“Nasir”… Arun Karthick’s superb second feature, about a Coimbatore Muslim, is a political film about an apparently apolitical man

Posted on March 2, 2020

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The genius of the film is that — by shunning conventional cause-and-effect melodrama — its active “plot” about communalism gets relegated to the sidelines, and we focus on the individual.

Spoilers ahead…

You can read the full review on Film Companion, here: https://www.filmcompanion.in/nasir-movie-review-arun-karthicks-superb-second-feature-about-a-coimbatore-muslim-is-a-political-film-about-an-apparently-apolitical-man/

“What can you say about a twenty-five-year-old girl who died? That she was beautiful. And Brilliant. That she loved Mozart and Bach. And the Beatles. And me.” Erich Segal’s Love Story opens with these lines, which suggest that a person is best defined through instantly discernable neon-highlights — the girl’s beauty, her brilliance, her love for Mozart, Bach, the Beatles. It’s what Alfred Hitchcock said: “Drama is life with the dull bits cut out.” Then there are others like the Belgian director Chantal Akerman who prefer to define a life with the “dull bits”. One of the most telling scenes in her most famous film — Jeanne Dielman, 23 Commerce Quay, 1080 Brussels (1975) — is that of the protagonist in her kitchen, peeling potatoes.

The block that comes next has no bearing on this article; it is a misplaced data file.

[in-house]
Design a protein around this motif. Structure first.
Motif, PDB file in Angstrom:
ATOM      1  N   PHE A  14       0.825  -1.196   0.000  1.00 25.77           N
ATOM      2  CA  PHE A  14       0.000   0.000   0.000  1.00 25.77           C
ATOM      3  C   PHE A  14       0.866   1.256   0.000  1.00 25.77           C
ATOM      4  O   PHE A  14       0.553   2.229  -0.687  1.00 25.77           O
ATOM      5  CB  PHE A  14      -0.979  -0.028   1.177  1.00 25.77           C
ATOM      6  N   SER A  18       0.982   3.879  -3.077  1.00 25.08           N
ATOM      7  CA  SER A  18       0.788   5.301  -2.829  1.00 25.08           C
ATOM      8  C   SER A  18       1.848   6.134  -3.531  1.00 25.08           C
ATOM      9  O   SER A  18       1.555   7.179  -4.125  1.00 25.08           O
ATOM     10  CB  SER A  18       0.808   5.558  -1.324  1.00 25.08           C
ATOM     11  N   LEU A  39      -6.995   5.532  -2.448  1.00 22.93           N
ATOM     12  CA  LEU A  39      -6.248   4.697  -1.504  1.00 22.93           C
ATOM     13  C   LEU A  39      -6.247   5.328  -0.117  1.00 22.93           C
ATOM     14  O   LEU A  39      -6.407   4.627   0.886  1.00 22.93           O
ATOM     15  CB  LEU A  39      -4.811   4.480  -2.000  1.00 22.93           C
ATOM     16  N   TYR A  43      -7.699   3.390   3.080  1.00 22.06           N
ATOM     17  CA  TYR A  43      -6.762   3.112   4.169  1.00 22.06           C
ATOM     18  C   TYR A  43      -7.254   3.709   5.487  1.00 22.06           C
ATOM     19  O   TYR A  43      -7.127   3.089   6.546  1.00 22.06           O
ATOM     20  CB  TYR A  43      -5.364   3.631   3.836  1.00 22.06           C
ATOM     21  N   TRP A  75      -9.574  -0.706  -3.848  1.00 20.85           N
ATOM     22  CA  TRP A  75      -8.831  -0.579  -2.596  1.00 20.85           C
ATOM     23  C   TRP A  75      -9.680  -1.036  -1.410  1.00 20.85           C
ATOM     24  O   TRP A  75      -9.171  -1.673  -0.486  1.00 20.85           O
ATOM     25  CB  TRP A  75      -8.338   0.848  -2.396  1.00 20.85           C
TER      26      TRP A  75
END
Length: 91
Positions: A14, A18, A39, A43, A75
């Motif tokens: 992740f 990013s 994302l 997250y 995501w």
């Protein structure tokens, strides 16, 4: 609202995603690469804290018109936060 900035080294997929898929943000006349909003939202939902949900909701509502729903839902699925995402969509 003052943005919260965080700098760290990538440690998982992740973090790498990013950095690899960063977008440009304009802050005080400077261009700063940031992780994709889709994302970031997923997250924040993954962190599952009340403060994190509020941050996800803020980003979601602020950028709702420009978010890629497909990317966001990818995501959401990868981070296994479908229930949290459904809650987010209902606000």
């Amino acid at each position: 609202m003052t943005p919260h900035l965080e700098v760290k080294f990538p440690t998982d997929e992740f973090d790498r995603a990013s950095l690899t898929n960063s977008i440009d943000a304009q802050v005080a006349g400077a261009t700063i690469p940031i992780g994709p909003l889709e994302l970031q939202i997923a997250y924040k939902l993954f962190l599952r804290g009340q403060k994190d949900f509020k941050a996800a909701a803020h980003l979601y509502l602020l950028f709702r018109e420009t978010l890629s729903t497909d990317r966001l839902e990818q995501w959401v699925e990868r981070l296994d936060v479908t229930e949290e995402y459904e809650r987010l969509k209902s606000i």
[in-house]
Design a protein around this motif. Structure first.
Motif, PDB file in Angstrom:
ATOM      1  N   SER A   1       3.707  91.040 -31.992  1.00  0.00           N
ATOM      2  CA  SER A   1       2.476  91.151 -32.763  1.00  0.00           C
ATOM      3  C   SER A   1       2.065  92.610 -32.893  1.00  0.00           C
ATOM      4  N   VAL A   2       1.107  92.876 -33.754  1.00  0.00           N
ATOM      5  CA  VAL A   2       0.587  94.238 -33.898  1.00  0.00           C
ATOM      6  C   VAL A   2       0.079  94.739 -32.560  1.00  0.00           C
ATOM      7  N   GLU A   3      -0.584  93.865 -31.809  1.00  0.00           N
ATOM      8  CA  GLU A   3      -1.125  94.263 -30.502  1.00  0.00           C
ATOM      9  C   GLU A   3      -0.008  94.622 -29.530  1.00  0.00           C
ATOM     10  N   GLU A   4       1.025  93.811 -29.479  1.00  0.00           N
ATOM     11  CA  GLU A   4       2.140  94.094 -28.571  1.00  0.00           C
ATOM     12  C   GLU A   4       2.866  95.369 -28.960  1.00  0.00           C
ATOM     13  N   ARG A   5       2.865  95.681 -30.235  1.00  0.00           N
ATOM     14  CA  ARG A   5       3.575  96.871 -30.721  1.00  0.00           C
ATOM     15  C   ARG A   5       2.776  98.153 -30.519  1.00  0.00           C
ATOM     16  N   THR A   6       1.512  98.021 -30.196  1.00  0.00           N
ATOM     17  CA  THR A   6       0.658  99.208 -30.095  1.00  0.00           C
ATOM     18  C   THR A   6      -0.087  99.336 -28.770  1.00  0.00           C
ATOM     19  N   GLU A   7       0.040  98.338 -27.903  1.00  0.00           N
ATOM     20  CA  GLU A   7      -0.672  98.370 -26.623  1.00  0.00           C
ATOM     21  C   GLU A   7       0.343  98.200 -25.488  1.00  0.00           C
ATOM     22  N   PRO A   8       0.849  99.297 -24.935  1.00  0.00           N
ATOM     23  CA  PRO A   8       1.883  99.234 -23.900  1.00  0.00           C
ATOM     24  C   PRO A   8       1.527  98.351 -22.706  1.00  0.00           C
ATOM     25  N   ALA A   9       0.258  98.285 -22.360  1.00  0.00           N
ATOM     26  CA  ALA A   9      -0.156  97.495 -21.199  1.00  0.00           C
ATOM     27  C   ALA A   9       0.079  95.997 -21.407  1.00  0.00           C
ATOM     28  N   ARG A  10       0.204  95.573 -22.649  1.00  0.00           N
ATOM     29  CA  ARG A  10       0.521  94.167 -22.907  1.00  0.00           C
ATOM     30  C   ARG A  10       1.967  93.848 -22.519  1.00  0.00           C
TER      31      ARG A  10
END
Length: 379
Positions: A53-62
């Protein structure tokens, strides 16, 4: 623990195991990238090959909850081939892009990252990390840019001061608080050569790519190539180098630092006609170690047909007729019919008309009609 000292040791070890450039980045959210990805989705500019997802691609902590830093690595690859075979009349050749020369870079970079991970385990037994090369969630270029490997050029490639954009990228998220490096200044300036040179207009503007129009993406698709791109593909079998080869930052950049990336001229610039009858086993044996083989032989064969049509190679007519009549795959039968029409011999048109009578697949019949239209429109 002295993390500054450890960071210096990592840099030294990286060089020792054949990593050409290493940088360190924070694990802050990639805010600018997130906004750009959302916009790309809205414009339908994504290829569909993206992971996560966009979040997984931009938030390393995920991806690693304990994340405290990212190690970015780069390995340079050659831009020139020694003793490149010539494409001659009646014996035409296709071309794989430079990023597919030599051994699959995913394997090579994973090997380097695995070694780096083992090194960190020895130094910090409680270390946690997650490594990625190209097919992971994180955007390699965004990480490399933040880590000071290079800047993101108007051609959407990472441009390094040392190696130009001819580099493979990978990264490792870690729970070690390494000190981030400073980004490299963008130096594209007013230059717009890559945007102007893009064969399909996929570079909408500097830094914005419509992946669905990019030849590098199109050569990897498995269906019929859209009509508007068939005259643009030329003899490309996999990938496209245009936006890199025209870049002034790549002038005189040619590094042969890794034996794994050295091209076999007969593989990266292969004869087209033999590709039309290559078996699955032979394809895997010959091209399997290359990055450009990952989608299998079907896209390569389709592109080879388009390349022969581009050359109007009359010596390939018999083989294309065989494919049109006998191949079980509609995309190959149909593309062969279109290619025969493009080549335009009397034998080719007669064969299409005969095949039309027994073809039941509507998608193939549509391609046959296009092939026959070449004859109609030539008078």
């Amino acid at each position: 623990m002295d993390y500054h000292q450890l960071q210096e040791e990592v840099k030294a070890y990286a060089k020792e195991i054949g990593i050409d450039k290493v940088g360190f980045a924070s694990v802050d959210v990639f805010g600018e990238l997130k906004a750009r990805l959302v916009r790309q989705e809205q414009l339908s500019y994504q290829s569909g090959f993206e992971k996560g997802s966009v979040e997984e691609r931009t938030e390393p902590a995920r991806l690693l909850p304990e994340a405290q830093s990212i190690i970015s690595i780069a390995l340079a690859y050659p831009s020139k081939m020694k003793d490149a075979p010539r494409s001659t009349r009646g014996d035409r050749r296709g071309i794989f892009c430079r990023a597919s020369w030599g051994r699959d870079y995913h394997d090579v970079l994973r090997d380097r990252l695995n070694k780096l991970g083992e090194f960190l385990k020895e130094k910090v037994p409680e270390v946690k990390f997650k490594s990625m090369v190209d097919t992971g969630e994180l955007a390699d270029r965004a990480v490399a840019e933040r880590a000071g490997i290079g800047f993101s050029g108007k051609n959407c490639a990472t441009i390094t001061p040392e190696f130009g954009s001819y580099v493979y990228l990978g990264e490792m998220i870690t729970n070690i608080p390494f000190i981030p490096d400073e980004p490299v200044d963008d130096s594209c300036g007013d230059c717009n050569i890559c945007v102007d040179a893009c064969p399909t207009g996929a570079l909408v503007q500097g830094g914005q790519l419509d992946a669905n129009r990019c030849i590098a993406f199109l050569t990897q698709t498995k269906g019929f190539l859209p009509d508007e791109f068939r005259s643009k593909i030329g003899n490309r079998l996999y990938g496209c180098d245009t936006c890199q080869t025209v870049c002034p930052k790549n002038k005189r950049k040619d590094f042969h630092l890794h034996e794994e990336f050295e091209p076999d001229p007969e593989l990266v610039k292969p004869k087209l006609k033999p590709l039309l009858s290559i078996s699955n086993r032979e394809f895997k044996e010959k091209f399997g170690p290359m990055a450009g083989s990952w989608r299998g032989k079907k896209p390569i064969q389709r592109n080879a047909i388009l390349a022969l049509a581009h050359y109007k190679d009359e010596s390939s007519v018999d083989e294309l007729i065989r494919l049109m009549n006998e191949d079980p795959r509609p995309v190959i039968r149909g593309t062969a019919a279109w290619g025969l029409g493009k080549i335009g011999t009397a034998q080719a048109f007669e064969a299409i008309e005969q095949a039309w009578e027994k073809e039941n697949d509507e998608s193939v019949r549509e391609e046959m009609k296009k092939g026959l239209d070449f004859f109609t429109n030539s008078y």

Continued at the link above.

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